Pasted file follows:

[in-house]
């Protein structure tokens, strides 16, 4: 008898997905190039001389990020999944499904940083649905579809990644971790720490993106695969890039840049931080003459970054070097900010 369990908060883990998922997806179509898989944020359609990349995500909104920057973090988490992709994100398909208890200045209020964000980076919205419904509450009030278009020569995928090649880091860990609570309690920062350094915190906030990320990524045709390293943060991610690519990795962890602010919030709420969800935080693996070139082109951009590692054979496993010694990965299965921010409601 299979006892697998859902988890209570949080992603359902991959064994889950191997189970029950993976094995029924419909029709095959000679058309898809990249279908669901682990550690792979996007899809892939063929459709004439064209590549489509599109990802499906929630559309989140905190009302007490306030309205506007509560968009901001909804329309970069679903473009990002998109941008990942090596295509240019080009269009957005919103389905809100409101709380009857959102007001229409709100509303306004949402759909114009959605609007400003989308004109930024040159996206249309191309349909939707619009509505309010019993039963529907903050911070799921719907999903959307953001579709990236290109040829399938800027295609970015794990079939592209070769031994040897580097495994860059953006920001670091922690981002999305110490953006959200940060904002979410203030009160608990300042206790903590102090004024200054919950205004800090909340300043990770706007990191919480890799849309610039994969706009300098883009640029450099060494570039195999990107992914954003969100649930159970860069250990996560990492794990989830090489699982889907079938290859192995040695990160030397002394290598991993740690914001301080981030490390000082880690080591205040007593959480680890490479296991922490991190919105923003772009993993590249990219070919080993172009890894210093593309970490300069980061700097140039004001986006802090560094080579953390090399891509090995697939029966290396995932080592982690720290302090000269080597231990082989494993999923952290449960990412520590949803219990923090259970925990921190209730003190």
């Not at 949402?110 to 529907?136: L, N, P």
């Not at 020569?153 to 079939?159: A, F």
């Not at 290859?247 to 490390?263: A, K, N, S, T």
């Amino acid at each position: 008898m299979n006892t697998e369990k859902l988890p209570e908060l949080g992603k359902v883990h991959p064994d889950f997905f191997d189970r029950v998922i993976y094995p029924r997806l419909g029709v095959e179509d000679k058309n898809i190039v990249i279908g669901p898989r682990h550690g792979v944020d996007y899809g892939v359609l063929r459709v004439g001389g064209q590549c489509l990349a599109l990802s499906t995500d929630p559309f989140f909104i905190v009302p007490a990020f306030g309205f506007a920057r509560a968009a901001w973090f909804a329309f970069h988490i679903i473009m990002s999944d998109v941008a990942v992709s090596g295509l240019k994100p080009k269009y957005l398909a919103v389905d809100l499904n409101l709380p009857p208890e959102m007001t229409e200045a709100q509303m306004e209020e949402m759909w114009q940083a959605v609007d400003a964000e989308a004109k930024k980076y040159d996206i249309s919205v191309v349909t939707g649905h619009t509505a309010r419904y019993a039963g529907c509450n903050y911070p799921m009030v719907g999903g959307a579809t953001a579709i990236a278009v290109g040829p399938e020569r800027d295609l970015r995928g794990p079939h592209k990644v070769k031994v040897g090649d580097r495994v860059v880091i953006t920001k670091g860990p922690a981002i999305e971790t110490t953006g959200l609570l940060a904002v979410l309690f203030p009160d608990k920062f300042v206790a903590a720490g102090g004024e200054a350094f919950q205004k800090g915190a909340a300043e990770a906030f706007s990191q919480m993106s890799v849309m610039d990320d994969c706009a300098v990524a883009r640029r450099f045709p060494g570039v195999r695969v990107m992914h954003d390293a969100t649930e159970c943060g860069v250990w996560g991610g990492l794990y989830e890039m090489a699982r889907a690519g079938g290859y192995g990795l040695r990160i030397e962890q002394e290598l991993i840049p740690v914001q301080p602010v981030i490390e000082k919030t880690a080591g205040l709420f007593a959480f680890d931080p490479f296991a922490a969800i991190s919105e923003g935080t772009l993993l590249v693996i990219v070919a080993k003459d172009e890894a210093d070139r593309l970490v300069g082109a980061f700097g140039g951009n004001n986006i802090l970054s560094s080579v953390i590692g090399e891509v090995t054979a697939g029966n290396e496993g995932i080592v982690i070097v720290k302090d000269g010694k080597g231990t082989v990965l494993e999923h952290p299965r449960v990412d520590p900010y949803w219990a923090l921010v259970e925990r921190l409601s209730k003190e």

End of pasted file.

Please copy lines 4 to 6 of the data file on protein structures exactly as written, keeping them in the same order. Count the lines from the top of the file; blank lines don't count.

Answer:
């Not at 020569?153 to 079939?159: A, F």
């Not at 290859?247 to 490390?263: A, K, N, S, T």
């Amino acid at each position: 008898m299979n006892t697998e369990k859902l988890p209570e908060l949080g992603k359902v883990h991959p064994d889950f997905f191997d189970r029950v998922i993976y094995p029924r997806l419909g029709v095959e179509d000679k058309n898809i190039v990249i279908g669901p898989r682990h550690g792979v944020d996007y899809g892939v359609l063929r459709v004439g001389g064209q590549c489509l990349a599109l990802s499906t995500d929630p559309f989140f909104i905190v009302p007490a990020f306030g309205f506007a920057r509560a968009a901001w973090f909804a329309f970069h988490i679903i473009m990002s999944d998109v941008a990942v992709s090596g295509l240019k994100p080009k269009y957005l398909a919103v389905d809100l499904n409101l709380p009857p208890e959102m007001t229409e200045a709100q509303m306004e209020e949402m759909w114009q940083a959605v609007d400003a964000e989308a004109k930024k980076y040159d996206i249309s919205v191309v349909t939707g649905h619009t509505a309010r419904y019993a039963g529907c509450n903050y911070p799921m009030v719907g999903g959307a579809t953001a579709i990236a278009v290109g040829p399938e020569r800027d295609l970015r995928g794990p079939h592209k990644v070769k031994v040897g090649d580097r495994v860059v880091i953006t920001k670091g860990p922690a981002i999305e971790t110490t953006g959200l609570l940060a904002v979410l309690f203030p009160d608990k920062f300042v206790a903590a720490g102090g004024e200054a350094f919950q205004k800090g915190a909340a300043e990770a906030f706007s990191q919480m993106s890799v849309m610039d990320d994969c706009a300098v990524a883009r640029r450099f045709p060494g570039v195999r695969v990107m992914h954003d390293a969100t649930e159970c943060g860069v250990w996560g991610g990492l794990y989830e890039m090489a699982r889907a690519g079938g290859y192995g990795l040695r990160i030397e962890q002394e290598l991993i840049p740690v914001q301080p602010v981030i490390e000082k919030t880690a080591g205040l709420f007593a959480f680890d931080p490479f296991a922490a969800i991190s919105e923003g935080t772009l993993l590249v693996i990219v070919a080993k003459d172009e890894a210093d070139r593309l970490v300069g082109a980061f700097g140039g951009n004001n986006i802090l970054s560094s080579v953390i590692g090399e891509v090995t054979a697939g029966n290396e496993g995932i080592v982690i070097v720290k302090d000269g010694k080597g231990t082989v990965l494993e999923h952290p299965r449960v990412d520590p900010y949803w219990a923090l921010v259970e925990r921190l409601s209730k003190e």